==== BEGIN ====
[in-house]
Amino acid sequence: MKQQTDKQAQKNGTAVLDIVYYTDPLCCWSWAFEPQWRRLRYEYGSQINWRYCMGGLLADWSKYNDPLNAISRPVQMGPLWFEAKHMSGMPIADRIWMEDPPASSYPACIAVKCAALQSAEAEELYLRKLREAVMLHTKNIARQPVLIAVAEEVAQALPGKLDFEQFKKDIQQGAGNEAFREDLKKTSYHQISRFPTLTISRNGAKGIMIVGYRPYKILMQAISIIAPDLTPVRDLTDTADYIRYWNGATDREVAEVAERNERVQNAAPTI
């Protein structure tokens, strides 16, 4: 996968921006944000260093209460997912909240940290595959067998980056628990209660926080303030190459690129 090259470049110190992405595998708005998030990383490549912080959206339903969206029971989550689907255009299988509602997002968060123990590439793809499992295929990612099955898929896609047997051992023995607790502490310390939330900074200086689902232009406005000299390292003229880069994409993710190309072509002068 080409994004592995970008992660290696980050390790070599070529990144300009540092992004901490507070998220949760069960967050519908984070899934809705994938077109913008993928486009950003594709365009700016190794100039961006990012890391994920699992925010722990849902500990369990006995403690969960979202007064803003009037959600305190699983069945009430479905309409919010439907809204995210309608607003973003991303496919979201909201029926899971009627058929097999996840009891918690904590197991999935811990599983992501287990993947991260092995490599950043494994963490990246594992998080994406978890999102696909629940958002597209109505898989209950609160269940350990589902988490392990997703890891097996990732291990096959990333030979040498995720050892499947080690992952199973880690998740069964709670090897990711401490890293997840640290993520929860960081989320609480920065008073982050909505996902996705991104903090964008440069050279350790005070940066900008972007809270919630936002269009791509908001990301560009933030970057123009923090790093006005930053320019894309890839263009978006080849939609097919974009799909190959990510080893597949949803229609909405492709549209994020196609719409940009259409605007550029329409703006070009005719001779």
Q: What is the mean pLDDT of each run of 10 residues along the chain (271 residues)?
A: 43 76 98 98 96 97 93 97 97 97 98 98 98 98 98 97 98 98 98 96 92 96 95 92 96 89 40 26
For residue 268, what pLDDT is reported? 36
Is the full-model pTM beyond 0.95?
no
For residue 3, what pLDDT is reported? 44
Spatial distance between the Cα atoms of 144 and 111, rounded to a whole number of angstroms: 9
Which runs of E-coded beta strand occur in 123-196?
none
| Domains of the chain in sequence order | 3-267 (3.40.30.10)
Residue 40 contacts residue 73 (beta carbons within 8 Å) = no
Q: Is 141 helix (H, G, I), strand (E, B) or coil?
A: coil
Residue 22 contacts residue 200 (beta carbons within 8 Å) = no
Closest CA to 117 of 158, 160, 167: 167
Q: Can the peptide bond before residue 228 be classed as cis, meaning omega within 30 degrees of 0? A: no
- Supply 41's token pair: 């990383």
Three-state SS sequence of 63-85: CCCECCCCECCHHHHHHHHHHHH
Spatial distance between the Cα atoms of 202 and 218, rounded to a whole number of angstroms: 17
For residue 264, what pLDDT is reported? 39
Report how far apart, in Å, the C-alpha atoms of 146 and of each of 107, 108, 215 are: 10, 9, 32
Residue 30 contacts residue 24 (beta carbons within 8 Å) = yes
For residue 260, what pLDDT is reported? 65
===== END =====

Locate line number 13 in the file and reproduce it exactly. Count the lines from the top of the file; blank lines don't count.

| Domains of the chain in sequence order | 3-267 (3.40.30.10)